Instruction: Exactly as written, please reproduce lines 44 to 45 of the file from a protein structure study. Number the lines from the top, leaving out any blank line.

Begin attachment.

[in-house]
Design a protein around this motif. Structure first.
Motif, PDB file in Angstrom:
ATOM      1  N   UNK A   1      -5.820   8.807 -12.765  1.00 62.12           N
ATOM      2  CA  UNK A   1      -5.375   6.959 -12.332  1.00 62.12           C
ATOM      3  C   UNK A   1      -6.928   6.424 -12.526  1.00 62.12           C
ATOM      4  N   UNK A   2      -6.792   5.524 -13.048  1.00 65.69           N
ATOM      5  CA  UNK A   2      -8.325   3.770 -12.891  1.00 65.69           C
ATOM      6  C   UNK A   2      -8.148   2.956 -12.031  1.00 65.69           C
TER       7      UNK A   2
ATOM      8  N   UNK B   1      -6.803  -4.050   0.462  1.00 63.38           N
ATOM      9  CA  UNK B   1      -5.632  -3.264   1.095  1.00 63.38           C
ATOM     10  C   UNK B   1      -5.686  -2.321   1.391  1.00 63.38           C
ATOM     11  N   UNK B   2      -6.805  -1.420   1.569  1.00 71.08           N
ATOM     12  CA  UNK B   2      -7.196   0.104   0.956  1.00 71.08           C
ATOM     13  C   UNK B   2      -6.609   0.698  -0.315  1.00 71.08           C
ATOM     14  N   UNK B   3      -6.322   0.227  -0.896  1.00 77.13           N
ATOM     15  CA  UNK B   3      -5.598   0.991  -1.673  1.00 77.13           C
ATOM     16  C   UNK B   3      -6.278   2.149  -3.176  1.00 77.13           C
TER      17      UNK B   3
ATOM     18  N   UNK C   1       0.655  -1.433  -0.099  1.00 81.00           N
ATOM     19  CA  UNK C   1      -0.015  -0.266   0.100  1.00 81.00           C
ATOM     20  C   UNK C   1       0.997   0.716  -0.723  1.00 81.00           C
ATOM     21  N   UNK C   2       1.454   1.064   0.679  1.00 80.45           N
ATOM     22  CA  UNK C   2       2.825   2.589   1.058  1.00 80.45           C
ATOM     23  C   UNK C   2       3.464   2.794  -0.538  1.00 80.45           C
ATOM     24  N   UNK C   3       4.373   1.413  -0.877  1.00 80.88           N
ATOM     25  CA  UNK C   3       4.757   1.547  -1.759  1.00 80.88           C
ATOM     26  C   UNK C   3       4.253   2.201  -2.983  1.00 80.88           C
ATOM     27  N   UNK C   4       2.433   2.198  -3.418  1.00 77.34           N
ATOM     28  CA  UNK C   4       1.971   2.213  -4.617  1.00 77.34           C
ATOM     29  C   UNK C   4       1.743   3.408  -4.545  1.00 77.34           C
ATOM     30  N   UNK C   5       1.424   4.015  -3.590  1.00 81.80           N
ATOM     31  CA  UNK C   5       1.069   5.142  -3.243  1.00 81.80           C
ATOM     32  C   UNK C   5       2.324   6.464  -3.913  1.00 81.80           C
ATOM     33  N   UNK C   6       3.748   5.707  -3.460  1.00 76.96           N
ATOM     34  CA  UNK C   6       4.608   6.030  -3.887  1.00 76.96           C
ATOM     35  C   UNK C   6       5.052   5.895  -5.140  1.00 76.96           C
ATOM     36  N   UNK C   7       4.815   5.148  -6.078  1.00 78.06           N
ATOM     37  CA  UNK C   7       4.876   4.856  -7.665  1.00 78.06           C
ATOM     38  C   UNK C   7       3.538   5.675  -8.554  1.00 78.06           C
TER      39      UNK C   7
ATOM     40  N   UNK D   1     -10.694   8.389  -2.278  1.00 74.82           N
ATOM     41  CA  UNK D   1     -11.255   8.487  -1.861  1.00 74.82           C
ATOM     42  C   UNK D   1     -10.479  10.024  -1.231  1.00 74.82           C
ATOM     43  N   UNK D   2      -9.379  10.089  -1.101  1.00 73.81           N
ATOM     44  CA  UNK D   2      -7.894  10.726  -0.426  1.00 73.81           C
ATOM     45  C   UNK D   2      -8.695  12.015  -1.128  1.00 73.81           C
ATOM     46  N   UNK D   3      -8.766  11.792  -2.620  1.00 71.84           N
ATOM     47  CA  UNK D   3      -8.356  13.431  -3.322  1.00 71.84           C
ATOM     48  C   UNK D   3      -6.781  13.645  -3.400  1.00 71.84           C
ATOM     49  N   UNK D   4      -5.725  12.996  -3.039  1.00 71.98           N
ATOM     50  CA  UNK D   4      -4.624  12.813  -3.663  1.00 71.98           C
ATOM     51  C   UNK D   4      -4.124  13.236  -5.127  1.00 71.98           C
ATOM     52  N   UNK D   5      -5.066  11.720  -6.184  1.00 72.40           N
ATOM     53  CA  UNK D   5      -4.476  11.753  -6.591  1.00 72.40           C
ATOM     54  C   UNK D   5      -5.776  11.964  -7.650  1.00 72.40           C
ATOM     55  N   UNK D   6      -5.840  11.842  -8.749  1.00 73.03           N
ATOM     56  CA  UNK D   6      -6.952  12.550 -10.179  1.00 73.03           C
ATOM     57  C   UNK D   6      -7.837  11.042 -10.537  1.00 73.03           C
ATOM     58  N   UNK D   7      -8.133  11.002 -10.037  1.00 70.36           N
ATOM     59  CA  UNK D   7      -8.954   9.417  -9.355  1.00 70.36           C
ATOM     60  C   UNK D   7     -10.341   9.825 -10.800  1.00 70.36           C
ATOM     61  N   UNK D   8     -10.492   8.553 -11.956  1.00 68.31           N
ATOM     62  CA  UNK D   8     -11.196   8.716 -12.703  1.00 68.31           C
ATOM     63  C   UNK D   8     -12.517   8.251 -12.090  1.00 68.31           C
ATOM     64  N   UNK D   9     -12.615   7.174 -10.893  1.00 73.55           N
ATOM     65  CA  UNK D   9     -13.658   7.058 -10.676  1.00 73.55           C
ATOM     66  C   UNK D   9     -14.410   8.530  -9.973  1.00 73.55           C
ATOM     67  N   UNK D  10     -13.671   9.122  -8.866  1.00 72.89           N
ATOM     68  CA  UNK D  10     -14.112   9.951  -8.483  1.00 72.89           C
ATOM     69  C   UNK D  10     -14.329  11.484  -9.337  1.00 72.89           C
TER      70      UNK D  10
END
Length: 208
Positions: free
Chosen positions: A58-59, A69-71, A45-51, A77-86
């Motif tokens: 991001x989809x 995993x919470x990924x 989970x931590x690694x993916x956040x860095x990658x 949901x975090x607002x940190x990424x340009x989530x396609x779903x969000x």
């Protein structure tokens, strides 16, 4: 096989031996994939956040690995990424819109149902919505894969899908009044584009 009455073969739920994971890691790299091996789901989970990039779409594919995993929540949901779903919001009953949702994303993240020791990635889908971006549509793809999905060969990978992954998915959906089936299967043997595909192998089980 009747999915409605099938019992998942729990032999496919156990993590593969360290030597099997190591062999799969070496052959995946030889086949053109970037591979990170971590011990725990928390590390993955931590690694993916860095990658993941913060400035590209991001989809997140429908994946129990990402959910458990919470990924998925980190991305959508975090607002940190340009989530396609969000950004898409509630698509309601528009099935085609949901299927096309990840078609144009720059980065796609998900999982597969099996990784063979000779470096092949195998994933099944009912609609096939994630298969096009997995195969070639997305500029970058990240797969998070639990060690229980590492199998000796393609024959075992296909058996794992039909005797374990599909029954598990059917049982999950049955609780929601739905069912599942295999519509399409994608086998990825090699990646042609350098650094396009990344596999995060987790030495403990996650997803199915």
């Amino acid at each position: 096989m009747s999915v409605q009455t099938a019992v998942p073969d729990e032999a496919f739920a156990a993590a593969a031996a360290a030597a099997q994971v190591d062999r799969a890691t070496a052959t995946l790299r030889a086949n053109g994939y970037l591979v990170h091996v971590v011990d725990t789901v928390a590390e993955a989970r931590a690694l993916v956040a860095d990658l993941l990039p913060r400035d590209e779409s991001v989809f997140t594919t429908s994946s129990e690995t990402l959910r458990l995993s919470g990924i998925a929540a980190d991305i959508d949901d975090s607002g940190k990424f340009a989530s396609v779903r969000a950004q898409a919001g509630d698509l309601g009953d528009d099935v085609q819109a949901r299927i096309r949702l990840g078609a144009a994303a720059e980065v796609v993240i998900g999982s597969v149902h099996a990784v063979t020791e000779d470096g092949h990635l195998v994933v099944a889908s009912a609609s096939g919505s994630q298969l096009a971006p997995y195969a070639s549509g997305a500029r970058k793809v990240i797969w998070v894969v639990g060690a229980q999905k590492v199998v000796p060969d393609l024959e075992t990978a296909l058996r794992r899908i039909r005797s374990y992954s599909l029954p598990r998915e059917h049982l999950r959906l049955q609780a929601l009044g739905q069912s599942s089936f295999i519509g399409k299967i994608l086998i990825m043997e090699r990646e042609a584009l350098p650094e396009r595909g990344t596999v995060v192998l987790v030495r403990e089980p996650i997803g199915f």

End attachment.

ATOM     41  CA  UNK D   1     -11.255   8.487  -1.861  1.00 74.82           C
ATOM     42  C   UNK D   1     -10.479  10.024  -1.231  1.00 74.82           C